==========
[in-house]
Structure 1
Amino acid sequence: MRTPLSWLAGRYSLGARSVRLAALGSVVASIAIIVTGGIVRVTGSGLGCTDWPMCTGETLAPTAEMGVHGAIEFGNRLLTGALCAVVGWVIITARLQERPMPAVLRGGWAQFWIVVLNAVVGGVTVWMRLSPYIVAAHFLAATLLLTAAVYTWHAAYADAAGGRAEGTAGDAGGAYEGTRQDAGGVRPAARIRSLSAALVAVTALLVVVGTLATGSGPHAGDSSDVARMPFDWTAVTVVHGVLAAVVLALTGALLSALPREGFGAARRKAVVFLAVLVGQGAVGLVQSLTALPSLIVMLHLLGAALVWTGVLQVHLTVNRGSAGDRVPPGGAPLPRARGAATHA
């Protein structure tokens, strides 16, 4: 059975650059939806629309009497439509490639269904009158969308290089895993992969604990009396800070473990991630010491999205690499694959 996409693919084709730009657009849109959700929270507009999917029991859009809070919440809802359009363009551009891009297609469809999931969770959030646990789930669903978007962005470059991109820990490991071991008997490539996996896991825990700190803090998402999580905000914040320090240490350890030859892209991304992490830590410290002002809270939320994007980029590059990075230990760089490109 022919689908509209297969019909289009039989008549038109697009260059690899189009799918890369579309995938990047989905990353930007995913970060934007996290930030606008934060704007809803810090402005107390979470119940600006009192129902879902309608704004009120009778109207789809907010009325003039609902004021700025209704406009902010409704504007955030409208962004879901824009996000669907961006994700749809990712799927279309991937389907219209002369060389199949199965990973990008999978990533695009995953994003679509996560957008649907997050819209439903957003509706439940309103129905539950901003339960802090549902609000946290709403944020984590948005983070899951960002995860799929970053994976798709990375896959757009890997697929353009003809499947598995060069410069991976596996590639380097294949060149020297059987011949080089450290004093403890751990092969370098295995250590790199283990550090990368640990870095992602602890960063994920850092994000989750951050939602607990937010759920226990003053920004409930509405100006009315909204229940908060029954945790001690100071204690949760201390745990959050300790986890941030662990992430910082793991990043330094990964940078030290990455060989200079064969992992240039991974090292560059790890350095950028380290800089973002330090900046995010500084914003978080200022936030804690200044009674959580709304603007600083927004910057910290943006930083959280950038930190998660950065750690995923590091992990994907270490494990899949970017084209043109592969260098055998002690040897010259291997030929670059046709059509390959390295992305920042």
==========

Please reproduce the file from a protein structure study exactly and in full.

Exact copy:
[in-house]
Structure 1
Amino acid sequence: MRTPLSWLAGRYSLGARSVRLAALGSVVASIAIIVTGGIVRVTGSGLGCTDWPMCTGETLAPTAEMGVHGAIEFGNRLLTGALCAVVGWVIITARLQERPMPAVLRGGWAQFWIVVLNAVVGGVTVWMRLSPYIVAAHFLAATLLLTAAVYTWHAAYADAAGGRAEGTAGDAGGAYEGTRQDAGGVRPAARIRSLSAALVAVTALLVVVGTLATGSGPHAGDSSDVARMPFDWTAVTVVHGVLAAVVLALTGALLSALPREGFGAARRKAVVFLAVLVGQGAVGLVQSLTALPSLIVMLHLLGAALVWTGVLQVHLTVNRGSAGDRVPPGGAPLPRARGAATHA
């Protein structure tokens, strides 16, 4: 059975650059939806629309009497439509490639269904009158969308290089895993992969604990009396800070473990991630010491999205690499694959 996409693919084709730009657009849109959700929270507009999917029991859009809070919440809802359009363009551009891009297609469809999931969770959030646990789930669903978007962005470059991109820990490991071991008997490539996996896991825990700190803090998402999580905000914040320090240490350890030859892209991304992490830590410290002002809270939320994007980029590059990075230990760089490109 022919689908509209297969019909289009039989008549038109697009260059690899189009799918890369579309995938990047989905990353930007995913970060934007996290930030606008934060704007809803810090402005107390979470119940600006009192129902879902309608704004009120009778109207789809907010009325003039609902004021700025209704406009902010409704504007955030409208962004879901824009996000669907961006994700749809990712799927279309991937389907219209002369060389199949199965990973990008999978990533695009995953994003679509996560957008649907997050819209439903957003509706439940309103129905539950901003339960802090549902609000946290709403944020984590948005983070899951960002995860799929970053994976798709990375896959757009890997697929353009003809499947598995060069410069991976596996590639380097294949060149020297059987011949080089450290004093403890751990092969370098295995250590790199283990550090990368640990870095992602602890960063994920850092994000989750951050939602607990937010759920226990003053920004409930509405100006009315909204229940908060029954945790001690100071204690949760201390745990959050300790986890941030662990992430910082793991990043330094990964940078030290990455060989200079064969992992240039991974090292560059790890350095950028380290800089973002330090900046995010500084914003978080200022936030804690200044009674959580709304603007600083927004910057910290943006930083959280950038930190998660950065750690995923590091992990994907270490494990899949970017084209043109592969260098055998002690040897010259291997030929670059046709059509390959390295992305920042």